Saturday, June 4, 2011

Lost Gosling on Pine Island, Wascana Lake

Pair of Canada geese, seen through spring blossoms
Pair of geese — parents of 4 (or is that 5?) goslings. © SB
When I first saw the geese, they looked to be alone.

Then the female stood up and four yellow-green goslings ran out from under her wings.

Champions of camouflage, down feathers melting into short new grass.

The goslings ran beside their parents, pecking for food on the edge of Pine Island, a slice of land so insignificant in size, I never knew it had a name until I searched a map for another name.)

A family walked down to the water — a man with a stroller, and a child running beside them.

I pointed to the goslings.

"There's another," the man said. "She's taking its picture." And he gestured back towards a women, maybe his wife, on the other side of the island.

Pair of Canada geese, with four goslings
Geese with four green-grass goslings © SB

Yes, this island in Wascana Lake is small by human-scale perspective, but even though I know that birds and animals have different perceptions, from one end to the other still seemed an impossible gap for a recently hatched, still fluffy gold-green gosling.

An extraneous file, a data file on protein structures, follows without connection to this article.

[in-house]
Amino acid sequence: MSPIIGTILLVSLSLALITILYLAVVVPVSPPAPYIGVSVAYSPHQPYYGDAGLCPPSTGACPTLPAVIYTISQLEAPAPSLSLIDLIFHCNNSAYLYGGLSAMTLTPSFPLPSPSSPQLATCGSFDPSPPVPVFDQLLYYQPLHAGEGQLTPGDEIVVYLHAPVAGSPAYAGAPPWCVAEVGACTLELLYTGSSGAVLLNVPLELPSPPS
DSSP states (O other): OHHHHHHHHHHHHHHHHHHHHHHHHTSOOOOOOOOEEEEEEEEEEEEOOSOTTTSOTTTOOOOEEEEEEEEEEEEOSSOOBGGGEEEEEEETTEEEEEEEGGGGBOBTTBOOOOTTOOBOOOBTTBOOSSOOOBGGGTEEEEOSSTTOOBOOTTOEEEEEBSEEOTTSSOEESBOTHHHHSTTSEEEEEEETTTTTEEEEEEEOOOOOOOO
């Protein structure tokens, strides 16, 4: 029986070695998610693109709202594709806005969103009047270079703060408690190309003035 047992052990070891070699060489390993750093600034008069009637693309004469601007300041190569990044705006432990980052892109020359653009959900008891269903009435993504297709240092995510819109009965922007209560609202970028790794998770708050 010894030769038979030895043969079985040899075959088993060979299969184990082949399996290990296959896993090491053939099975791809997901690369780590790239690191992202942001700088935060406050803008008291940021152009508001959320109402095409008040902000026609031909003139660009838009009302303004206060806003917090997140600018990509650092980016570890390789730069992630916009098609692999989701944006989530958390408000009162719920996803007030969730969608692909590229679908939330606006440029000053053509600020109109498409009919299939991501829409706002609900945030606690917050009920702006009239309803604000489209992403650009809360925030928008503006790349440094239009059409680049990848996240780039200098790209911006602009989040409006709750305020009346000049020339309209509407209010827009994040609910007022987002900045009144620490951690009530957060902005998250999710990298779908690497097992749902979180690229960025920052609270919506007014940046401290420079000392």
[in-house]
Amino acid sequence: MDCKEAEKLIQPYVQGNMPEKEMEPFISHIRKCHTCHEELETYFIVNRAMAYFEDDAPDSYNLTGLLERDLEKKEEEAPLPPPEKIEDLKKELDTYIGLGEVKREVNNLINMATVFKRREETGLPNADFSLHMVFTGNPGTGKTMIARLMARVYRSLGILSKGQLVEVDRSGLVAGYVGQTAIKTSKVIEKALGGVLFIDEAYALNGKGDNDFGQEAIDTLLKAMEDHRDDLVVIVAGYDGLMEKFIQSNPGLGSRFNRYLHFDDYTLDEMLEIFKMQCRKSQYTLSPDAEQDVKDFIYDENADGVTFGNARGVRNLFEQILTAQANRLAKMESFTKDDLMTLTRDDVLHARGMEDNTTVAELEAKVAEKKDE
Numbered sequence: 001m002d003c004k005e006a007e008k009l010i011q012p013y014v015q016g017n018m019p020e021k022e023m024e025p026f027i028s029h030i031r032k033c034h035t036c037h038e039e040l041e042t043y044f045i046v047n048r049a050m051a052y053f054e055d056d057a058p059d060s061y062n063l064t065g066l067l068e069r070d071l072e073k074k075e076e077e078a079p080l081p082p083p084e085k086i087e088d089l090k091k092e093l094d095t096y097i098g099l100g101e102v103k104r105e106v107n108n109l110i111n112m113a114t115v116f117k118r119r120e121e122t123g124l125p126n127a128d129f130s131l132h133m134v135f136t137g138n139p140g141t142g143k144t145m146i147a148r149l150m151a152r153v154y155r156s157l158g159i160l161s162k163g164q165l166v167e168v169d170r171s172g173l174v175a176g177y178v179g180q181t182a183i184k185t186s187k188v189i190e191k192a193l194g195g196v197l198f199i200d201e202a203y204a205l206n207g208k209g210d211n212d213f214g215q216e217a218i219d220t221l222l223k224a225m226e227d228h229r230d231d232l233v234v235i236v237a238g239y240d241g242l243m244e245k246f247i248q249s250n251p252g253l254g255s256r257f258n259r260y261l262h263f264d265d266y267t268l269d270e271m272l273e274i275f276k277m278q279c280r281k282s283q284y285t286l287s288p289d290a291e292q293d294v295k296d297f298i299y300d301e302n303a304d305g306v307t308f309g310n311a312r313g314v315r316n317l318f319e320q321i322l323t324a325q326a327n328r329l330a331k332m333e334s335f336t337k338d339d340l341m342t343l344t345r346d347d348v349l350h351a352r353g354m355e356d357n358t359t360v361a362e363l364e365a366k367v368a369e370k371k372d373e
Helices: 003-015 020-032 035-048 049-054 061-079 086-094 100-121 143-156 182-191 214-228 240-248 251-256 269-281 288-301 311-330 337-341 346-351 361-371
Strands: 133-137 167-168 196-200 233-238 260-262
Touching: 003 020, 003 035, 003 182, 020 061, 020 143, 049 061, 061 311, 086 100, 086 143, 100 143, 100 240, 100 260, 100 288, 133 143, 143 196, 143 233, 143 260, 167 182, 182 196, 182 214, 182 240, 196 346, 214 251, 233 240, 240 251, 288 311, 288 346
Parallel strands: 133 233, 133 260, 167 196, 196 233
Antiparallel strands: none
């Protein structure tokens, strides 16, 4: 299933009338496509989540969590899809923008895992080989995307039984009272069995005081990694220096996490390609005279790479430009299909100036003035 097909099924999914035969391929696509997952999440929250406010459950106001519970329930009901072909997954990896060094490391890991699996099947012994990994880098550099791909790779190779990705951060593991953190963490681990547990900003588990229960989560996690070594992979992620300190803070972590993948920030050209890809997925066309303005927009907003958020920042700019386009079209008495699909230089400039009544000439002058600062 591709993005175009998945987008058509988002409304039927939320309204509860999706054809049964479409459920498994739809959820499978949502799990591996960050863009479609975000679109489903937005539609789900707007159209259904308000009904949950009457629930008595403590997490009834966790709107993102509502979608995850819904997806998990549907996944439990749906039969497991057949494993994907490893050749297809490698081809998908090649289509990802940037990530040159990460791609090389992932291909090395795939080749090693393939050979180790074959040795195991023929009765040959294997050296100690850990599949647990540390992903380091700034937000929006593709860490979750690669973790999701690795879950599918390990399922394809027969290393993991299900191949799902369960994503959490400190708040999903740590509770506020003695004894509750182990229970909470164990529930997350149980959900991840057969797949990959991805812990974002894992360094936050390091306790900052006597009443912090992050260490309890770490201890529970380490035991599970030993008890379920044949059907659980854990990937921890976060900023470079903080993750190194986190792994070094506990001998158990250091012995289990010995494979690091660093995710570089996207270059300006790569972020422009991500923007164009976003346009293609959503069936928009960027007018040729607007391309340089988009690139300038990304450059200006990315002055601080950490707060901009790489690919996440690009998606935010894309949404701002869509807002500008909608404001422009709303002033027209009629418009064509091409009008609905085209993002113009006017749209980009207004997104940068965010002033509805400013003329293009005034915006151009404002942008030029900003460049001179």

It can't be from the same family, I thought, walking to the bridge to go back to my van. It must be with another pair.

And then, I saw it, alone on the wood-chip-covered path, cheeping softly, almost inaudibly.

It ran after another pair of geese, but they had older goslings, one of which ran up to the chick and batted at its head.

For a few minutes, the tiny gosling lay down on the road, pecking at dirt and bark. It was chilly by the lake; my fingers were red and cold, and I started to wonder what might happen if the bird did not find warmth. 

tiny gosling, alone on the road
Alone on the road. © SB
Then an adult goose appeared at the top of the rise, up from the slope where the other pair had been feeding with their four goslings. The goose waited. The gosling hopped closer, until they were side by side, and then it ran down the hill to join the other four identically sized and coloured goslings.

When I left, the seven — two adult geese and their five goslings — were patrolling the edges of the island.

The wild will find their way. (At least, sometimes, it feels reassuring to believe that.) 

Canada goose with five young goslings
One of the geese, now with all five goslings,  © SB

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